What you can do:   Hopefully you have many talks with your children by this point as to how to be a friend, how to mediate conflict, how to apologize, how to recognize bullying or aggression and how to cope with stresses.   You are really preparing them for what comes after this fifteen/sixteen year change and as they become more and more independent and perhaps bring less to you regarding interpersonal conflicts.   Junior and senior years of high school are really the young adult phase where you are letting go, being there,  giving that right amount of space where guidance exists.

Blessings,
Carrie

Let Me Tell You Your Mission (In Case You Forgot)

One thing a friend of mine and I were talking about recently is that there is room in the adult world for all kinds of people with all their various quirks and personalities and temperaments.  The diversity of people is such a beautiful thing, and I know I am so grateful that different people want to do different jobs than I would want to do; that different people have different strengths and abilities; that different people even look different and live differently because I find so much beauty in all the varying cultures and faces of the world.  I love it!

So why do people act as if our sole parenting mission, and yes, especially in the middle and upper classes, is for our children to get into a good college and be on a college track?  I am not saying that education is not important.  It is important, but how can we balance this in a healthy way?

Having our teens stress themselves out to the point of having psychosomatic illnesses and fearing for the future and not wanting to grow up because being a teen is already stressful enough (so how stressful must adulthood be?) is not helping this generation.  ANXIETY has now taken over depression as something teenagers are dealing with.  According to this article in the NY Times, 62 percent of undergrads are reporting “overwhelming anxiety.”  There has been a doubling of hospital admissions for suicidal teenagers.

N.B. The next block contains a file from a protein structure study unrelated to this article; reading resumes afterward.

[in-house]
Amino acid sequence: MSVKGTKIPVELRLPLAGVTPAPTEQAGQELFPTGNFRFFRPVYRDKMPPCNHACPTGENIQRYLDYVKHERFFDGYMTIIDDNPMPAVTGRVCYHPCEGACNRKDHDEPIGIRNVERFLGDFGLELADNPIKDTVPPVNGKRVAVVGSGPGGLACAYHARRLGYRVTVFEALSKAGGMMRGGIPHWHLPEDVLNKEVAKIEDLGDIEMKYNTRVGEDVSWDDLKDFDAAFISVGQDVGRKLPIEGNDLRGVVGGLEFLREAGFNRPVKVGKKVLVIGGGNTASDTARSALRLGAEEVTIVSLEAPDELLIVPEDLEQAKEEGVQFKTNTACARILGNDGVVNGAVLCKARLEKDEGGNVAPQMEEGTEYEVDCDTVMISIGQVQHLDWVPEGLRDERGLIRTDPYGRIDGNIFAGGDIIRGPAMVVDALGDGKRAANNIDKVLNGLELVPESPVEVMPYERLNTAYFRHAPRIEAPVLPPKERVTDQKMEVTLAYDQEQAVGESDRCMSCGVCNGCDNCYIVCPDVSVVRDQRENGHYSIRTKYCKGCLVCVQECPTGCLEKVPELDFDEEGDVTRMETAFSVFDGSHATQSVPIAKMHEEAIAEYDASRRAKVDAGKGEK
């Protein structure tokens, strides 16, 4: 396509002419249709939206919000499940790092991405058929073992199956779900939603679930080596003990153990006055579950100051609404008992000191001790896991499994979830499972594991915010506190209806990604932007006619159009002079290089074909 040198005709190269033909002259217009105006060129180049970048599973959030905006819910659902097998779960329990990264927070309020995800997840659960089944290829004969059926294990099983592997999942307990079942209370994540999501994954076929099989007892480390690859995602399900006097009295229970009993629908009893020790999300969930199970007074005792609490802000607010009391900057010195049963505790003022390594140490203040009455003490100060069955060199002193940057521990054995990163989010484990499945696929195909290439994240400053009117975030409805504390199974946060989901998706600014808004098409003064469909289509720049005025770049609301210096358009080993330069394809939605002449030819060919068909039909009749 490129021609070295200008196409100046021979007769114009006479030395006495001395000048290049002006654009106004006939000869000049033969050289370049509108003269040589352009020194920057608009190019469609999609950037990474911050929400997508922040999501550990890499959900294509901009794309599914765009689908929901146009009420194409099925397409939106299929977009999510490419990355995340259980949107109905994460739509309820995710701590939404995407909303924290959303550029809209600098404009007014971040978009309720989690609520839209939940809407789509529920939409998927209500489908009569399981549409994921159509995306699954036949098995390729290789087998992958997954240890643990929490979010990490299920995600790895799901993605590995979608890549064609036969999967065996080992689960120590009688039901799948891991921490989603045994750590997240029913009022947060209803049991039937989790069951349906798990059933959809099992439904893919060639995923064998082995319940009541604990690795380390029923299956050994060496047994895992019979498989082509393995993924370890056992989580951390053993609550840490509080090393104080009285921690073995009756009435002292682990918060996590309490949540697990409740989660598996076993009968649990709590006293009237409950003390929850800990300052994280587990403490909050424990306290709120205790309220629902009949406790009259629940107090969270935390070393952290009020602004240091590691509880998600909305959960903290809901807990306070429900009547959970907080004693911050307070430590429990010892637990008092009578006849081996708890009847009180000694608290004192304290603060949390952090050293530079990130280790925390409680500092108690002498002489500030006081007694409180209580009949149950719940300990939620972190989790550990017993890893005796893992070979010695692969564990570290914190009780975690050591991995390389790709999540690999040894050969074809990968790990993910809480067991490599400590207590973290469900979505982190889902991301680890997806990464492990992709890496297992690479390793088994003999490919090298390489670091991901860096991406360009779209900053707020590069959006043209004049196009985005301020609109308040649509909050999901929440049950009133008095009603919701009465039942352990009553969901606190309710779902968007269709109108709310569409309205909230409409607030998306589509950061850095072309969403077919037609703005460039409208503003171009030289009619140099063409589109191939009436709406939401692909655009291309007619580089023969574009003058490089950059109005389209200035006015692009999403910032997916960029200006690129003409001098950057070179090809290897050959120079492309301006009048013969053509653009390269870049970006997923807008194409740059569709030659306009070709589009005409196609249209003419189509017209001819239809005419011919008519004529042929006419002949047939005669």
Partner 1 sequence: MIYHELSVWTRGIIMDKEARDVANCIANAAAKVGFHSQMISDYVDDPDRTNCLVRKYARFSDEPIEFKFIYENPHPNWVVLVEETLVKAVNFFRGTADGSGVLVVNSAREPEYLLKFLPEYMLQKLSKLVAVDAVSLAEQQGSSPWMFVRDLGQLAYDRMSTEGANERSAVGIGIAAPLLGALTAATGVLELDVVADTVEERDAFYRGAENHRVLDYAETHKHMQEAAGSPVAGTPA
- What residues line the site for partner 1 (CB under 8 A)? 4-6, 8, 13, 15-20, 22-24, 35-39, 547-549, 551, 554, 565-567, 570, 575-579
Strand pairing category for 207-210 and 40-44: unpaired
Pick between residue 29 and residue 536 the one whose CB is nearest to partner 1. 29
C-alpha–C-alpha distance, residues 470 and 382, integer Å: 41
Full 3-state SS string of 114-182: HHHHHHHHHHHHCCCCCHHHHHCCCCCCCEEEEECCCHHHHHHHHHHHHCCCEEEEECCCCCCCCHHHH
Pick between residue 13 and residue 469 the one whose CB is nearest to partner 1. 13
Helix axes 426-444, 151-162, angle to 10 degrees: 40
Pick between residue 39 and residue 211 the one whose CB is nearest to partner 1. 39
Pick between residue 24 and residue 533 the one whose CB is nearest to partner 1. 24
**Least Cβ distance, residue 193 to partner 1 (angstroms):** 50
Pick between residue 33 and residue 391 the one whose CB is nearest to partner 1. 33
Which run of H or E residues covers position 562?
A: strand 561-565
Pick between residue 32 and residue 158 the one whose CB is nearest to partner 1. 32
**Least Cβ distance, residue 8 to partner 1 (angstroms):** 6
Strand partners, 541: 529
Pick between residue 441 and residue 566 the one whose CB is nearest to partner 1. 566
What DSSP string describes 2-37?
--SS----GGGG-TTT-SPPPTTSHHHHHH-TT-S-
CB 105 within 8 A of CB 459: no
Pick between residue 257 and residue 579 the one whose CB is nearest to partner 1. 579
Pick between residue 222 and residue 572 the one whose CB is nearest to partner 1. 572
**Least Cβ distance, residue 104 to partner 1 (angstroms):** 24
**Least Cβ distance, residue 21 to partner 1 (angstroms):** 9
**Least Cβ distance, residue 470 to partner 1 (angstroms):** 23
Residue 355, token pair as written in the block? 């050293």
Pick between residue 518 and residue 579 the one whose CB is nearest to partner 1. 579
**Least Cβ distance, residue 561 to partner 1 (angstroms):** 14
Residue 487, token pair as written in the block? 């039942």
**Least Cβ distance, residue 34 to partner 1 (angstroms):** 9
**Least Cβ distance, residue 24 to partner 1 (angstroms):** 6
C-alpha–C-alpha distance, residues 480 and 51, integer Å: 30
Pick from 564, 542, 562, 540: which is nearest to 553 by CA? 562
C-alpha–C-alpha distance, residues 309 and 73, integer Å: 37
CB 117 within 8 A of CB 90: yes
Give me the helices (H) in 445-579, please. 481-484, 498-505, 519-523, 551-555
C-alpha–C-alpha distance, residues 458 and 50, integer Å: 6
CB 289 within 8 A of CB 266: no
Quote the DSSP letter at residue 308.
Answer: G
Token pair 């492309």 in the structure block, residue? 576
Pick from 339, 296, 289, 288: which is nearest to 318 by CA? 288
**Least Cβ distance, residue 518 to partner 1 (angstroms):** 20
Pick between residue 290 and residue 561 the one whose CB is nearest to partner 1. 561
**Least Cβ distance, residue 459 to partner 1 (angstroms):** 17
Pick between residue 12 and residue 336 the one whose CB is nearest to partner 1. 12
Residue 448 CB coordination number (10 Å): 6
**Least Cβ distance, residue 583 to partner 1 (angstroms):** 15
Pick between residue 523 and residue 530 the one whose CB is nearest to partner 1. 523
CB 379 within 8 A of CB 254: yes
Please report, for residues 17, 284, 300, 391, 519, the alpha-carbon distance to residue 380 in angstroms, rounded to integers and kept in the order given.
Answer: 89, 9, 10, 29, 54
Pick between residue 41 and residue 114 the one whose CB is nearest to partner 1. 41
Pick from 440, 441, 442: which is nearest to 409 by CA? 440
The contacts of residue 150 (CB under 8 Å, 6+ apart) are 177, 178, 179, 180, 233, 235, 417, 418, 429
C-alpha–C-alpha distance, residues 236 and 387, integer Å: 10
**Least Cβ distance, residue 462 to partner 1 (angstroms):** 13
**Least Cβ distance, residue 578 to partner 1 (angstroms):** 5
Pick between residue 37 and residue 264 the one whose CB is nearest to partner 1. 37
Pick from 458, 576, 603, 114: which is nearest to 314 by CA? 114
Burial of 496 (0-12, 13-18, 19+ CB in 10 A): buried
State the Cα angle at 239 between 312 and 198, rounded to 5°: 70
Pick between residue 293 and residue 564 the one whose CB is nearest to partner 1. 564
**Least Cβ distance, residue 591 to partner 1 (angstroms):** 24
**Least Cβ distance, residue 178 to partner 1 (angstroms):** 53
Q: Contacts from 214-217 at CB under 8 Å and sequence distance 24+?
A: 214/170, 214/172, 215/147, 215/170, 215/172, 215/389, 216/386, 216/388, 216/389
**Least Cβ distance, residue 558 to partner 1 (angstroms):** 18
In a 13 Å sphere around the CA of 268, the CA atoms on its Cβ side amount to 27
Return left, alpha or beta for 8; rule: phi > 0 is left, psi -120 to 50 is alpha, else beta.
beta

So, exactly what happens when the push, push for the “good college” is acheived?  What happens in real life outside of this?  My point is that people (and teenagers) are made of more than just their academic portfolio.  There is space in the adult world for many people with their many likes and dislikes and interests and passions. In fact, the adult world probably needs you especially, teenager who is different.

So, parents,  let me tell you your mission in case you have forgotten.  You are here to support your teen and to help guide them.  If you see them putting such pressure on themselves to perform, how can you step in and help them? What will they really need in the adult world to meet their definition of success?  Is their definition of success even healthy? One of the many points in the NY Times article above is that parents are not always driving the anxiety of these teenagers anymore by pushing them, but that instead the teens are internalizing the anxiety themselves and pushing themselves relentlessly.  Health and social relationships are, to me, more important and deserve even more time than academic work.